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Author: Rayvt Big gold star, 5000 posts Top Favorite Fools Top Recommended Fools Add to my Favorite Fools Ignore this person (you won't see their posts anymore) Number: of 75600  
Subject: Re: Strategy comparison S&P500 vs. IUL [rev 1] Date: 4/8/2013 12:13 AM
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CC: I'm awaiting the conclusion just like everyone else, but I see no one--that's right, no one--providing convincing evidence that investing in the S&P 500 over a sustained period of time will result in a final figure of $92 million.

the "back of the envelope" must be a bazillionair by now.


MurrayS: I'm beginning to think someone does not know how to operate a spreadsheet or even how to calculate time value of money.

::sigh::
Quick & dirty back-of-envelope:

Annual Growth Rate: 10.5%
Col A is the deposit
Col B is the number of years for that deposit to grow
Col C is what that deposit grows to.

The Formula (column C)is =A7 * ((1 + B$4) ^ B7)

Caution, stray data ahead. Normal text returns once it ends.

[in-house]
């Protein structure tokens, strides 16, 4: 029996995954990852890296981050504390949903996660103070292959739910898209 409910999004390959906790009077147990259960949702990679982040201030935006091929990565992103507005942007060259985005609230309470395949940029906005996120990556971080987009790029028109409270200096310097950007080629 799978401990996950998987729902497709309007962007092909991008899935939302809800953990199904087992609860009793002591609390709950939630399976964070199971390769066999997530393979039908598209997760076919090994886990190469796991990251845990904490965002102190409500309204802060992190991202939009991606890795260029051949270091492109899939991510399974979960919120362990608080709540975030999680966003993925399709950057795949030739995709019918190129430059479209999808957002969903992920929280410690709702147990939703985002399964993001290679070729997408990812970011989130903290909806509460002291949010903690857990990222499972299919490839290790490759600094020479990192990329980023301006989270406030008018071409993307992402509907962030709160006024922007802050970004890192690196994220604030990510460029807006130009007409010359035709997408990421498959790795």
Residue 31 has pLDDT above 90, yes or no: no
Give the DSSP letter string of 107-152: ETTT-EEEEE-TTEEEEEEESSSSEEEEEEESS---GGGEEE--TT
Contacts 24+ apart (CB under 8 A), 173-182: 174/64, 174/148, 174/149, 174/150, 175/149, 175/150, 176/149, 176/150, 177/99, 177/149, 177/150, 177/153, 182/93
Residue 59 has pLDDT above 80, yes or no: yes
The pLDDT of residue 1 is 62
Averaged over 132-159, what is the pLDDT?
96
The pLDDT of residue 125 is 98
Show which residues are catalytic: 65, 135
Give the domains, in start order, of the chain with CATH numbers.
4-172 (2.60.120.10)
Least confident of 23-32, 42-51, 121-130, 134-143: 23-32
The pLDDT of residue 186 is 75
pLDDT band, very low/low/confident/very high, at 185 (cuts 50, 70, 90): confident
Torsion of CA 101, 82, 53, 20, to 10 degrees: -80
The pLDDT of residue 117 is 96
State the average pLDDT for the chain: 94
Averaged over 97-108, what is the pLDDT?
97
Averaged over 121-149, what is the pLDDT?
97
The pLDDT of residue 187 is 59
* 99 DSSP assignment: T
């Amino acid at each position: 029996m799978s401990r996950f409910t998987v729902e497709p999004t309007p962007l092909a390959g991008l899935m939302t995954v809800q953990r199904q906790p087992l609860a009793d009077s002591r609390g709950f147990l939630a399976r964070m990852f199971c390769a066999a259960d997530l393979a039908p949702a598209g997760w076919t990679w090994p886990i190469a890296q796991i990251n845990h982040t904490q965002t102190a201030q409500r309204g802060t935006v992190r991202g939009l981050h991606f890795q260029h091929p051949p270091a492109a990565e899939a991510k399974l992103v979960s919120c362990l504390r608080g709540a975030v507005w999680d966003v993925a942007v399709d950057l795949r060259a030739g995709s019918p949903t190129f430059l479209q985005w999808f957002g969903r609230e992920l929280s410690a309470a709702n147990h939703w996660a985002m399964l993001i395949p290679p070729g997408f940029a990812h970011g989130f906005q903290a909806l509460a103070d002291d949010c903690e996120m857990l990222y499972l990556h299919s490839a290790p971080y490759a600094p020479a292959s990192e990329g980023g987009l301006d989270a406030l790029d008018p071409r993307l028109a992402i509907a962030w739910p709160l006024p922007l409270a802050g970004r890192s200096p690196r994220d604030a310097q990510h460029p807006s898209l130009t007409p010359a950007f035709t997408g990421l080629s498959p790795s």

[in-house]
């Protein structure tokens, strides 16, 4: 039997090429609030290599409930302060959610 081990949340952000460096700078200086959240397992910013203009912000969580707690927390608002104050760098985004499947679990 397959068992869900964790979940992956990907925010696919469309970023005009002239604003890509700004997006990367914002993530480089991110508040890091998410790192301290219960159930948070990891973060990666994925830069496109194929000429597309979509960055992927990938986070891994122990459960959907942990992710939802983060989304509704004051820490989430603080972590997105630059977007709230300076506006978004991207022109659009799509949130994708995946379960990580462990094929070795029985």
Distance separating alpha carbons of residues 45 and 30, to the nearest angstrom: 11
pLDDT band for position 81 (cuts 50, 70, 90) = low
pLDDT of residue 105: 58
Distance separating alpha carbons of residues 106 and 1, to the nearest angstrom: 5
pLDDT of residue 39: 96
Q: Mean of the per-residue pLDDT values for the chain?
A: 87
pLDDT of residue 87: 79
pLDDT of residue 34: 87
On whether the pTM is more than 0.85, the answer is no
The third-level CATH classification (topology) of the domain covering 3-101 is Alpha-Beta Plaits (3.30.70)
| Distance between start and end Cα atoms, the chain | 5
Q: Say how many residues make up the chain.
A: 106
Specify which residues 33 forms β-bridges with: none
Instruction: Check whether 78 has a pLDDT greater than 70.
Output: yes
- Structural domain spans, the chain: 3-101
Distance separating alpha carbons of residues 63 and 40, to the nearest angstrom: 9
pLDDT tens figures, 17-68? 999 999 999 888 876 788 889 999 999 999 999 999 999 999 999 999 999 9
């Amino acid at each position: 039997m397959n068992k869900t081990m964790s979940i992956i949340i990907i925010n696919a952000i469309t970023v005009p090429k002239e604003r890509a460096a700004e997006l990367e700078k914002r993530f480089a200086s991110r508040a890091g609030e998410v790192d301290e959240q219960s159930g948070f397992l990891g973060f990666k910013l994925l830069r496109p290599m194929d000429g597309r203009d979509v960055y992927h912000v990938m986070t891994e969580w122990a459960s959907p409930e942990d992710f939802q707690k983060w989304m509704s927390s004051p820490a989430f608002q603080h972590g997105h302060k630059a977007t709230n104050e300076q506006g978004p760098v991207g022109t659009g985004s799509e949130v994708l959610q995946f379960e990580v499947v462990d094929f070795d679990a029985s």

Where "7" is the row number of that row.

Cell B4 is the (constant) growth rate.

Deposit # yrs Grows to
$10,000 40 $542,614
$12,000 39 $589,264
$12,000 38 $533,271
$12,000 37 $482,598
$12,000 36 $436,740
$12,000 35 $395,240
$12,000 34 $357,683
$12,000 33 $323,695
$12,000 32 $292,937
$12,000 31 $265,101
$12,000 30 $239,911
$12,000 29 $217,114
$12,000 28 $196,483
$12,000 27 $177,813
$12,000 26 $160,916
$12,000 25 $145,626
$12,000 24 $131,788
$12,000 23 $119,265
$12,000 22 $107,932
$12,000 21 $97,676
$12,000 20 $88,395
$12,000 19 $79,995
$12,000 18 $72,394
$12,000 17 $65,515
$12,000 16 $59,289
$12,000 15 $53,656
$12,000 14 $48,557
$12,000 13 $43,943
$12,000 12 $39,768
$12,000 11 $35,989
$12,000 10 $32,569
$12,000 9 $29,474
$12,000 8 $26,673
$12,000 7 $24,139
$12,000 6 $21,845
$12,000 5 $19,769
$12,000 4 $17,891
$12,000 3 $16,191
$12,000 2 $14,652
$12,000 1 $13,260
Total $6,617,633

$6,617,633 20 $48,747,040


This is getting embarrassing.
Coming up with this spreadsheet took me less than 5 minutes.

*Grow each deposit by the number of years remaining in the 40 year accumulation period, then add them together.

* Grow that amount for the 20 year deccumulation period. Being a quick&dirty calculation, ignore the withdrawals. Withdrawal rate is $60,000/yr from a ~$7 million portfolio, which is negligible.

Is $48 million close enough to "bazillionaire" for you?

It's in the same order-of-magnitude as the more complete calculations, so it lends credibility.

========================
I'd like to see a response to Murray's question: Could you please tell us what data has convinced you that IULs are better investments in the long run?

Do you have any data, or is it just a gut feel and the attractiveness of the story (sales literature)?
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